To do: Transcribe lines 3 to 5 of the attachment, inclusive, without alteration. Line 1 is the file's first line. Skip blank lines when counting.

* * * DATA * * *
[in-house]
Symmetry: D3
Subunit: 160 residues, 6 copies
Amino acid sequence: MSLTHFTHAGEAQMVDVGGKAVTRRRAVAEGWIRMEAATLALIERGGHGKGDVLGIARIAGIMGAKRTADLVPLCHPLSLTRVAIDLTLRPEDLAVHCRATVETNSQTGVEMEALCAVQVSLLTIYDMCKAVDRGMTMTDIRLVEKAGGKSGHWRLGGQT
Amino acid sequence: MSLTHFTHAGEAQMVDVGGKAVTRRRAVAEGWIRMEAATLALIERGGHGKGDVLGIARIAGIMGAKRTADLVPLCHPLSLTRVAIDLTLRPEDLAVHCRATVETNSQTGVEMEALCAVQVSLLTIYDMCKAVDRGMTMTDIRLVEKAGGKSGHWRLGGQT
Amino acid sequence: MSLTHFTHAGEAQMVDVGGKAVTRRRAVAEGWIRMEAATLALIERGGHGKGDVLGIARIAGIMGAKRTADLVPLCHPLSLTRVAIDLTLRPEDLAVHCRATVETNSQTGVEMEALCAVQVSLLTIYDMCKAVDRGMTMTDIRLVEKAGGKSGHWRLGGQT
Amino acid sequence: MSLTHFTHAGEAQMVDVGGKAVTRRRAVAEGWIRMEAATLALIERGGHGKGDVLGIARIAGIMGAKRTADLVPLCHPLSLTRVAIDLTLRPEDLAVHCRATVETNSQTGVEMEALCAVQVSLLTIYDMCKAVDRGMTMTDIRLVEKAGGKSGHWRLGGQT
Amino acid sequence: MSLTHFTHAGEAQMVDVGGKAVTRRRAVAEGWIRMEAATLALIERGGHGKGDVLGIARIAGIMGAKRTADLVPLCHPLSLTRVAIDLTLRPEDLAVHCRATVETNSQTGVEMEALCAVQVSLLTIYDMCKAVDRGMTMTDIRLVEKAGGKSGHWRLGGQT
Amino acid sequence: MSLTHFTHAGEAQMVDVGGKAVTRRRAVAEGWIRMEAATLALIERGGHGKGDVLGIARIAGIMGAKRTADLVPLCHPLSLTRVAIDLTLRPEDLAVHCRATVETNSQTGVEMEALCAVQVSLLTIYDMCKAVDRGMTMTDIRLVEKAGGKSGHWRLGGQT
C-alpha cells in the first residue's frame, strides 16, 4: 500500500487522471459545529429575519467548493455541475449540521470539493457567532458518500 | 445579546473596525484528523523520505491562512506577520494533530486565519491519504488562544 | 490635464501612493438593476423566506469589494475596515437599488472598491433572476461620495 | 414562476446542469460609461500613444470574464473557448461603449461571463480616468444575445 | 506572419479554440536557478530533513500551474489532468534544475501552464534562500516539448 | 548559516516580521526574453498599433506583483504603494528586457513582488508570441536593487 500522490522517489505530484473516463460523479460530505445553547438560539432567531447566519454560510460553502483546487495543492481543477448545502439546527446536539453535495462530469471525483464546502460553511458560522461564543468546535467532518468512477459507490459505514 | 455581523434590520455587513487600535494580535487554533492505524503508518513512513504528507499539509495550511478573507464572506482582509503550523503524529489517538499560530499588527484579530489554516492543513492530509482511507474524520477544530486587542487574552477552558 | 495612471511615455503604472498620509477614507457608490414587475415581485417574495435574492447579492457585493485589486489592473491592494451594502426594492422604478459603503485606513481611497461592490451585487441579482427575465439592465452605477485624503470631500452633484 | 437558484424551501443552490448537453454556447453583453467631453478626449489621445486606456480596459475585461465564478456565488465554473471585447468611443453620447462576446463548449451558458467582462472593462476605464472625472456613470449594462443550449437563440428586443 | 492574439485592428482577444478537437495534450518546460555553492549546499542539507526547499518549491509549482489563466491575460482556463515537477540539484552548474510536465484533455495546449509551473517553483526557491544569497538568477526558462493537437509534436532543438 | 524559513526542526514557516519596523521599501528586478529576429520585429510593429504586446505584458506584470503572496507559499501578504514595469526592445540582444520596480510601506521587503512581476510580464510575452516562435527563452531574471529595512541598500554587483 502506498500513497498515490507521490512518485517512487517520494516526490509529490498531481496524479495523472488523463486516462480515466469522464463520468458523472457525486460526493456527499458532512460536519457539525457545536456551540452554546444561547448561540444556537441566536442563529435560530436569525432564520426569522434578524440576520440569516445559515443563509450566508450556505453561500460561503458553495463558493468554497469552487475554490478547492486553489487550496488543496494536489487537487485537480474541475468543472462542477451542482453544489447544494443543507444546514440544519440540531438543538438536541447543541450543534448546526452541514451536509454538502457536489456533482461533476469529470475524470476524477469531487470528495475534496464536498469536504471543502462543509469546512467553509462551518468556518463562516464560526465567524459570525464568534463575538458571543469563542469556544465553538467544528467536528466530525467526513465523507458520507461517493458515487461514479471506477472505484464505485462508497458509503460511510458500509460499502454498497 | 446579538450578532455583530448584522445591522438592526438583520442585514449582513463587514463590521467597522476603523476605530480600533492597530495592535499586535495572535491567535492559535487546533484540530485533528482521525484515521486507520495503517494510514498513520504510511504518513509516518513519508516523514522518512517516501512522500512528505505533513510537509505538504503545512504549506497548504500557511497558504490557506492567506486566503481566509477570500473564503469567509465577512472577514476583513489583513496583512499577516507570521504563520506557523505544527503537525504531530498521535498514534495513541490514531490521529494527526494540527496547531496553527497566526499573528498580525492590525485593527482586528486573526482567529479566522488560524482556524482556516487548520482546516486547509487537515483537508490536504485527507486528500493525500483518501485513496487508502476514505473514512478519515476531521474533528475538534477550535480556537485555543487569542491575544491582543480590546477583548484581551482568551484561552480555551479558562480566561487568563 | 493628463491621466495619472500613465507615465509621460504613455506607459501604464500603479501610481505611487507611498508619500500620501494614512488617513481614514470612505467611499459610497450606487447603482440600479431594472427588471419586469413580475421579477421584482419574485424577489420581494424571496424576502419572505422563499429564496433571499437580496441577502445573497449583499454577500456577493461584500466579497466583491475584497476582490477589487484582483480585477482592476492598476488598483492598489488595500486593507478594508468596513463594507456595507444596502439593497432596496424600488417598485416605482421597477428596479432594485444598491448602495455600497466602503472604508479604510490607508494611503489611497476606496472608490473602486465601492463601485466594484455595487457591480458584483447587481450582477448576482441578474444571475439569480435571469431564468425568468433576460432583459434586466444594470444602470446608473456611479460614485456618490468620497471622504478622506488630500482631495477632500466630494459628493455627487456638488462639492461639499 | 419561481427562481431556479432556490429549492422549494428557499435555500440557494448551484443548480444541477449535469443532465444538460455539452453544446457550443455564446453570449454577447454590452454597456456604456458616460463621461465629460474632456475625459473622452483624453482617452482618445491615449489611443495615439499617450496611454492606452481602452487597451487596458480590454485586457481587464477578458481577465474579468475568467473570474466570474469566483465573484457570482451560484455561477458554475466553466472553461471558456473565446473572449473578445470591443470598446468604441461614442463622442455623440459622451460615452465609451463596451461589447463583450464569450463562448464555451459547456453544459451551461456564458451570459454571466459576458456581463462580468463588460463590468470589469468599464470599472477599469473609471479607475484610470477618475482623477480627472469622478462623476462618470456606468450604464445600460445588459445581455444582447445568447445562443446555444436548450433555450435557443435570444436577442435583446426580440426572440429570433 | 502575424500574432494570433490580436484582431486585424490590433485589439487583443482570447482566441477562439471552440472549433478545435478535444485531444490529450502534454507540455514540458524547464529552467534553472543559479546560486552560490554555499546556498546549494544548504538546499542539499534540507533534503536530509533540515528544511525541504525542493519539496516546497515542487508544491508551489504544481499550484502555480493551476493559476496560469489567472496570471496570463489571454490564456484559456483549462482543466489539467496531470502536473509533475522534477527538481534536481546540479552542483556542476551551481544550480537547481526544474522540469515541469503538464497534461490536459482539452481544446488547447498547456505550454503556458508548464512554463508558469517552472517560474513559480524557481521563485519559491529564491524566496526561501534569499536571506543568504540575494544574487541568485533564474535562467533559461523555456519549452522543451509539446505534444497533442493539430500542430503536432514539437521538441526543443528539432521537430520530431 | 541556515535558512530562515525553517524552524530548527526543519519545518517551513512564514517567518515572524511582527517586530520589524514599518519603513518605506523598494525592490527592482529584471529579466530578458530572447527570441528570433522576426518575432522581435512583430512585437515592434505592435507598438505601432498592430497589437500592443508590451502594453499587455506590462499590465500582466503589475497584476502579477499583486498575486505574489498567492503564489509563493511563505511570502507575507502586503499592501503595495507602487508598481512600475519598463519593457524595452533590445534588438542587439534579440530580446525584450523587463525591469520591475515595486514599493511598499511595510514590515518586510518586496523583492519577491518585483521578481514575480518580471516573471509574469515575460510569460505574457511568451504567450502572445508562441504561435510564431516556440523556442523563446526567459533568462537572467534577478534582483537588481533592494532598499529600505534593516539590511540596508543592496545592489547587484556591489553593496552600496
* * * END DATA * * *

Subunit: 160 residues, 6 copies
Amino acid sequence: MSLTHFTHAGEAQMVDVGGKAVTRRRAVAEGWIRMEAATLALIERGGHGKGDVLGIARIAGIMGAKRTADLVPLCHPLSLTRVAIDLTLRPEDLAVHCRATVETNSQTGVEMEALCAVQVSLLTIYDMCKAVDRGMTMTDIRLVEKAGGKSGHWRLGGQT
Amino acid sequence: MSLTHFTHAGEAQMVDVGGKAVTRRRAVAEGWIRMEAATLALIERGGHGKGDVLGIARIAGIMGAKRTADLVPLCHPLSLTRVAIDLTLRPEDLAVHCRATVETNSQTGVEMEALCAVQVSLLTIYDMCKAVDRGMTMTDIRLVEKAGGKSGHWRLGGQT